One of the more frequent topics of my blog, Gil The Jenius, is about the power of choice. It might even be the underpinning to the blog’s zeitgeist, if you will.
The shortest post I ever wrote was exactly that: What is the power of choice? Aware of that power, I helped my son learn it…and I learned more about it as well.
Kaleb was four, close to turning five. I picked him up at the pre-school and we went to the mall, looking for a few items, but with a particular one in mind: a little race car. At the time, I had made huge copies of a racetrack and with my son and nephews, played a dice-based racing game. We used Hot Wheels and Matchbox cars to spend a few hours a week playing and racing, with Kaleb winning more often that anyone else, I might add…miffed.
We went into Wal-mart and headed for the toys section. A dazzling array of cars covered almost half an aisle and as Kaleb looked for his, I looked at the goofier ones (a hot rod hearse caught my eye.) After a few minutes, Kaleb came up to me with three cars in his hands and an anxious look in his eyes. “Dad,” he said, “I like these.”
A dollar each. Three dollars total. But I’d said–and he’d agreed–we’d get only one. “Pick one,” I replied. His eyes darkened.
He set the three cars on some empty shelf space. In a few seconds, he took one car and placed it aside. Two cars. Two dollars. It’s only an extra dollar, right? He stared at each car. Then again. I noticed I was holding my breath. I tried to relax. He leaned over a little, looking even more closely at the cars. Now my heart was pounding. It’s only two dollars. Two dollars! I waited. My heart pounded out the seconds.
Suddenly Kaleb hunched over, his body a tight fist in struggle. He was trying so hard… I forced myself to wait and to my surprise, I was fighting back tears. Why am I doing this to him? It’s only a dollar!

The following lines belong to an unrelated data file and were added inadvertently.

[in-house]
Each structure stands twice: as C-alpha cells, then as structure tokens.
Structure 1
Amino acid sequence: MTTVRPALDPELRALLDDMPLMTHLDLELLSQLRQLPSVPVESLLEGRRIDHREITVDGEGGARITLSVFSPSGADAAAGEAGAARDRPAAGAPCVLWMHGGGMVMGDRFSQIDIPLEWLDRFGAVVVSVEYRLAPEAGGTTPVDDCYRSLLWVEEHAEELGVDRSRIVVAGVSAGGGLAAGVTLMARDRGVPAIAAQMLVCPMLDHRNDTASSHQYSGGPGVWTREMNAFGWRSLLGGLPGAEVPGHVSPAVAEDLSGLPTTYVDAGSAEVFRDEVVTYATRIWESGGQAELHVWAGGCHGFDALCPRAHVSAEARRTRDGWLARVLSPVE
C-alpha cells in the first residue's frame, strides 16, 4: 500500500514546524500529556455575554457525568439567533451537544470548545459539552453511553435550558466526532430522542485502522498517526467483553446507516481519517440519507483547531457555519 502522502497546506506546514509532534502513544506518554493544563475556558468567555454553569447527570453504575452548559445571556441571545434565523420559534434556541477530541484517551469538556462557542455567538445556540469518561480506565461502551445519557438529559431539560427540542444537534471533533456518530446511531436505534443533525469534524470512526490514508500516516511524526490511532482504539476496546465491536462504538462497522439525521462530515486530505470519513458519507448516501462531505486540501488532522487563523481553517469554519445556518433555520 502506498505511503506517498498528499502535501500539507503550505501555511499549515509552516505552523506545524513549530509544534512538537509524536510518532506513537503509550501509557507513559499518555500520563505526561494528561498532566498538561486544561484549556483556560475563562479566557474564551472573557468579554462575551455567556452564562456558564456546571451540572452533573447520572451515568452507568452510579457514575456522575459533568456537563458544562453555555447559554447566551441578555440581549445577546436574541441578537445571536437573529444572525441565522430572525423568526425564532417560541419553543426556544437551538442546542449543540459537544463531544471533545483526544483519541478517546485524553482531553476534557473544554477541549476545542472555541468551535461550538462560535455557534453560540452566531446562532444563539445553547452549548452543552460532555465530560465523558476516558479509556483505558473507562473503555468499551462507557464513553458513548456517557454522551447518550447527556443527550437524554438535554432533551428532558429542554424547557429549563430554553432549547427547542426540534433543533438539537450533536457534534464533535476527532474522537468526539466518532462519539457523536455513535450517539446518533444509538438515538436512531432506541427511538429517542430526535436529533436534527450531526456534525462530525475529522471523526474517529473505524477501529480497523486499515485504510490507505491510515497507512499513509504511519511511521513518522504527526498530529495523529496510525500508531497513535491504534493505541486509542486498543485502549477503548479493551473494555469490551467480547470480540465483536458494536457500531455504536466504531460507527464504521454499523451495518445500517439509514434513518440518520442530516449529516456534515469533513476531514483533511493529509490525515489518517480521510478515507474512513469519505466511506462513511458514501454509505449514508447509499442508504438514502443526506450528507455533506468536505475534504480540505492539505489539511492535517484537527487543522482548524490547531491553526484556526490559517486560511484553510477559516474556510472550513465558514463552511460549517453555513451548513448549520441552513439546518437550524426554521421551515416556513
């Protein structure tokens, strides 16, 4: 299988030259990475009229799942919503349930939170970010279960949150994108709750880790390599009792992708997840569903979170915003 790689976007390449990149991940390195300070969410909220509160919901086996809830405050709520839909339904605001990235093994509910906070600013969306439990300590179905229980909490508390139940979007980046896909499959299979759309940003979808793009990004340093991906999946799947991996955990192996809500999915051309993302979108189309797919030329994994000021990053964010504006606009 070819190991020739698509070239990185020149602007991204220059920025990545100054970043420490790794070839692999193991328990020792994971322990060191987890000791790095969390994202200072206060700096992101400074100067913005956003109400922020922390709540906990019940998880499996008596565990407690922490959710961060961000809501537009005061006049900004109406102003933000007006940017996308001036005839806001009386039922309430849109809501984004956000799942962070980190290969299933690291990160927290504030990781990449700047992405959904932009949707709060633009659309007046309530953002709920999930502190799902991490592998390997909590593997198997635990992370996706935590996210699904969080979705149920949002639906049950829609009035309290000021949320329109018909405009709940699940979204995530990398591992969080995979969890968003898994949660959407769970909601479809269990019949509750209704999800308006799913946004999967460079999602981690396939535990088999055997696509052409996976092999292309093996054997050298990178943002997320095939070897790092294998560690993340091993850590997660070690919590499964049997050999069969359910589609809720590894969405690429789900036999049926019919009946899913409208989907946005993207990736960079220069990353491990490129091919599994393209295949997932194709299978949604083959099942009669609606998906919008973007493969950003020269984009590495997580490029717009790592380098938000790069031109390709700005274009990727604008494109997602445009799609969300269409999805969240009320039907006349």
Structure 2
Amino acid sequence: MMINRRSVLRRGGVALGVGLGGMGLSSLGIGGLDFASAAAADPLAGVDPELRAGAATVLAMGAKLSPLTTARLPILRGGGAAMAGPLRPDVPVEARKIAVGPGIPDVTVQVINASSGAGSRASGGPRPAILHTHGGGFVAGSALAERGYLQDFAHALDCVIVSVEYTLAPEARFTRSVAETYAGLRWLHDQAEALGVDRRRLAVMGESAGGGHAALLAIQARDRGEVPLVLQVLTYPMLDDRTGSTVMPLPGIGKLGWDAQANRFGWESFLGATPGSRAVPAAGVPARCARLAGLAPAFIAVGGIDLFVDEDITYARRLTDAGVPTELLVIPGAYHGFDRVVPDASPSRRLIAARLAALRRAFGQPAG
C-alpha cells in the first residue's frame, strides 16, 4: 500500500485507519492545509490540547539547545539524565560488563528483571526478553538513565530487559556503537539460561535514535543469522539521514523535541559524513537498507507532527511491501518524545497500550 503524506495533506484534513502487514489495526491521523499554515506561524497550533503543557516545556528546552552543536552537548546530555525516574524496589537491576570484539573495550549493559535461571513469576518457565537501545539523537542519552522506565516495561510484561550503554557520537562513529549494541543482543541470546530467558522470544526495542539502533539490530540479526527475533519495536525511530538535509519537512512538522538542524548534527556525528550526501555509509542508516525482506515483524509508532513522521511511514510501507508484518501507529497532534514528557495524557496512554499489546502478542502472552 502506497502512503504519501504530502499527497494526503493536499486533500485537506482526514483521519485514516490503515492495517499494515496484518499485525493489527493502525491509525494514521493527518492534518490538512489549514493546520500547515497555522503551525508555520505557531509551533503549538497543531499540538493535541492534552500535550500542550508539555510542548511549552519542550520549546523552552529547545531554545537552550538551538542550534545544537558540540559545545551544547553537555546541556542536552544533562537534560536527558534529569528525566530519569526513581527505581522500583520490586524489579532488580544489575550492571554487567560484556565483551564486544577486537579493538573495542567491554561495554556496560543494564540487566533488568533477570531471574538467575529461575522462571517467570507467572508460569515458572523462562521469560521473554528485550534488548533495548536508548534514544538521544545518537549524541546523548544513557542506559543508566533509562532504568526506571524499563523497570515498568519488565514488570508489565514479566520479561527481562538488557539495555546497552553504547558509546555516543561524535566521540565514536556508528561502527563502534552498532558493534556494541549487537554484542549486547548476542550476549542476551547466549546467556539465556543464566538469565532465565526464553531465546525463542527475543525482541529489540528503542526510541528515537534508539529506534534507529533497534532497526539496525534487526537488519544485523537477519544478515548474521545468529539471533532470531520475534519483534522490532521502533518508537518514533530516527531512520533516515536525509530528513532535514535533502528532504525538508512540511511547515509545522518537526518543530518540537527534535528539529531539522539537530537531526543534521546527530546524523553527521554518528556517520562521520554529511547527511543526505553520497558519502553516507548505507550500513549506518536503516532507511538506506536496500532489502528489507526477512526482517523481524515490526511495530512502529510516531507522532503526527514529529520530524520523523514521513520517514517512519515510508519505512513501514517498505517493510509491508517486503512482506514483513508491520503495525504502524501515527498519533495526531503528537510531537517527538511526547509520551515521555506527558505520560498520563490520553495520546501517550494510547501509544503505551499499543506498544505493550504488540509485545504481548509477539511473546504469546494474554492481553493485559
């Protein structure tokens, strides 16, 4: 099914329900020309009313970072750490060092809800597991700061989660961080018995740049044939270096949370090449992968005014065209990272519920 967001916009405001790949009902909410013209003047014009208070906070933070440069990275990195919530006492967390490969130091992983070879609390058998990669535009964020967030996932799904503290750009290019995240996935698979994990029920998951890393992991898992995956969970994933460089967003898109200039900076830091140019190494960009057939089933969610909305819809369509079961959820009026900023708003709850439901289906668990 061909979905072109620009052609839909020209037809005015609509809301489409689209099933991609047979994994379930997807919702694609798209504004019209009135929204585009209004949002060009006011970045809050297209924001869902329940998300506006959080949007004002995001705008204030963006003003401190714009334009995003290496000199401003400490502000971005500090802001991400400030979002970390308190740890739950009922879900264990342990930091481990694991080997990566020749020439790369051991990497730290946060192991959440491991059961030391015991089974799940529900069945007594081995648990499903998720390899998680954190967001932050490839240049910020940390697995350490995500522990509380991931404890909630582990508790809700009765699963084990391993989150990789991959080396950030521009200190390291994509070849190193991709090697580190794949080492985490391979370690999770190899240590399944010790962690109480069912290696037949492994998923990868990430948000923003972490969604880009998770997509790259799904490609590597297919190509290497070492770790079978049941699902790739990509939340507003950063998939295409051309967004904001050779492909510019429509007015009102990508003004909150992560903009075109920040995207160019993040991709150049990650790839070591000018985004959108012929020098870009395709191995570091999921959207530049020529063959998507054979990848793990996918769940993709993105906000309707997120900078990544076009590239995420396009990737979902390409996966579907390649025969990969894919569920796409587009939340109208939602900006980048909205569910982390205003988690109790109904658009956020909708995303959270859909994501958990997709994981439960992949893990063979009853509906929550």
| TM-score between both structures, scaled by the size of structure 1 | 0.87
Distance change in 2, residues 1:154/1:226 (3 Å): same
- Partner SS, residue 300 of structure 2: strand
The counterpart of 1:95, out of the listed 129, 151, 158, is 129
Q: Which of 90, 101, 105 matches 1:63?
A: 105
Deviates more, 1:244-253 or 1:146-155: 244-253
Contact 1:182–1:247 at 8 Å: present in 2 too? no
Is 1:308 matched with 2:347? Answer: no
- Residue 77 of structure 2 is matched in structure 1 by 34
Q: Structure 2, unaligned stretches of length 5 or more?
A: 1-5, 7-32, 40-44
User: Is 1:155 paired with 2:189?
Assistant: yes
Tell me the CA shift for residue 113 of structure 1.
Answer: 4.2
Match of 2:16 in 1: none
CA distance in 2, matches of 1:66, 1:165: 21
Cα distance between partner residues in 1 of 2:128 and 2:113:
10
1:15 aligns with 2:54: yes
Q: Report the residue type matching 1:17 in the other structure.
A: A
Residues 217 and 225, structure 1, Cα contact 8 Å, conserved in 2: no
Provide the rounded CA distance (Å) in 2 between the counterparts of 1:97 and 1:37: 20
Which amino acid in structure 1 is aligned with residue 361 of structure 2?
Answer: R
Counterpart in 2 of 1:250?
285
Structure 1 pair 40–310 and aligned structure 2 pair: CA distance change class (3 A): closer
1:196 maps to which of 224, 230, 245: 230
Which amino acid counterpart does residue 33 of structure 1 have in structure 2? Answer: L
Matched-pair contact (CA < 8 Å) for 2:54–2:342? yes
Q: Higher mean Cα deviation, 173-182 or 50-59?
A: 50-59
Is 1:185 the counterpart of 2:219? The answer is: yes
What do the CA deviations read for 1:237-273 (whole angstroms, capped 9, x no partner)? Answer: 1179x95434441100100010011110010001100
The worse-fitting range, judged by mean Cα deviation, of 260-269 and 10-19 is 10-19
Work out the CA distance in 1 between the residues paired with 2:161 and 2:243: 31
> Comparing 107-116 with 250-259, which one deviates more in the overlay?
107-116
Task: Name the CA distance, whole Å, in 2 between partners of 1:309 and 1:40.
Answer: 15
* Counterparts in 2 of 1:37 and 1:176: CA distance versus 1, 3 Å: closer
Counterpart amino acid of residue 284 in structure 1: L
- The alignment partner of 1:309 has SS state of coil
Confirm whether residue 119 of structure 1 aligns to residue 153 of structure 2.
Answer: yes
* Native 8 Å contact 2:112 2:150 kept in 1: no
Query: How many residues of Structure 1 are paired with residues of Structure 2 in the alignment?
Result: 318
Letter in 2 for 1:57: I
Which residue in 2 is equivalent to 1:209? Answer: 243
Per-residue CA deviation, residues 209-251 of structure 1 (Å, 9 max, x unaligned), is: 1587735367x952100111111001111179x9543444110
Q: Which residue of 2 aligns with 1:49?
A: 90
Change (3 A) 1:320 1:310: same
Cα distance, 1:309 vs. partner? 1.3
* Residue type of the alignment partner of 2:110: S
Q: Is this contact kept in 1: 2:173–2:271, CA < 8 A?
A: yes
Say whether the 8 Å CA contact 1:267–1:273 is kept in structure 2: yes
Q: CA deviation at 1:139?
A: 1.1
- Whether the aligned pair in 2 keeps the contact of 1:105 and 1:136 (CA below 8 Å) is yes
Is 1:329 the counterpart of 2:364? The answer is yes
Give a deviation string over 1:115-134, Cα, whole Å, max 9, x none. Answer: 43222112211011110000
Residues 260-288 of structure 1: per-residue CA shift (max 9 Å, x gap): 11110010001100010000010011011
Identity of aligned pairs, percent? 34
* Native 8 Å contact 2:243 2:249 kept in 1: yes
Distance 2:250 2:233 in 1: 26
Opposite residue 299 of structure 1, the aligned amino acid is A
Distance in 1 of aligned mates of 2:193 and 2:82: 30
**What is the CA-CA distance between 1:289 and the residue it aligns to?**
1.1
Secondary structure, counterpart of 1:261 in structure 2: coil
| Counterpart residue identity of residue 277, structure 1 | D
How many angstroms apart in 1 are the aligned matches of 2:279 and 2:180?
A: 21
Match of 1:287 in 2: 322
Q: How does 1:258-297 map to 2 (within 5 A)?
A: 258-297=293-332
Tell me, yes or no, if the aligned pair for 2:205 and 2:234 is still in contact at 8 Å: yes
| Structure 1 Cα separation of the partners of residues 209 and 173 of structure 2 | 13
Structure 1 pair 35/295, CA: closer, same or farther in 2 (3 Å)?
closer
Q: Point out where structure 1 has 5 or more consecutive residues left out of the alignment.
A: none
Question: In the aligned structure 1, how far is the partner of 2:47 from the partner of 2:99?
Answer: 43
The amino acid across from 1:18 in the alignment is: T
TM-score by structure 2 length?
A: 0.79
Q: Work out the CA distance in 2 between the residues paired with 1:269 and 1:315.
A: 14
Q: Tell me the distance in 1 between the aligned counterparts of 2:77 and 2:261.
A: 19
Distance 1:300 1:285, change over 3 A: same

Then, like water, he straightened up and looked at me with a beautiful smile of happiness. With no hesitation, he held up one car and said, “This one!” Before I could reply, he took the other two and put them back. Gave me time to wipe my eyes.
We walked to the checkout, my hand on his shoulder as he looked at the car. His car. The one he had chosen when choosing was not the easiest path.
I’m not sure if Kaleb remembers this incident, for although children (especially him) have a remarkable memory for key moments, what happened that day was more remarkable to me than to him. I was trying to teach him about the power of choice, and yet I ended up learning so much more: about him and his wondrous qualities and about me and the love I feel for my son. For you see, I could have done the easy thing and chosen to buy both cars. It would have only taken another dollar. But I loved him enough not to, even though it caused me pain. So we both learned more about the power of choice.
Not all our decisions as parents have that trade-off, but isn’t it wonderful when we get them right, when we choose the path that empowers?
Photo by wriccobene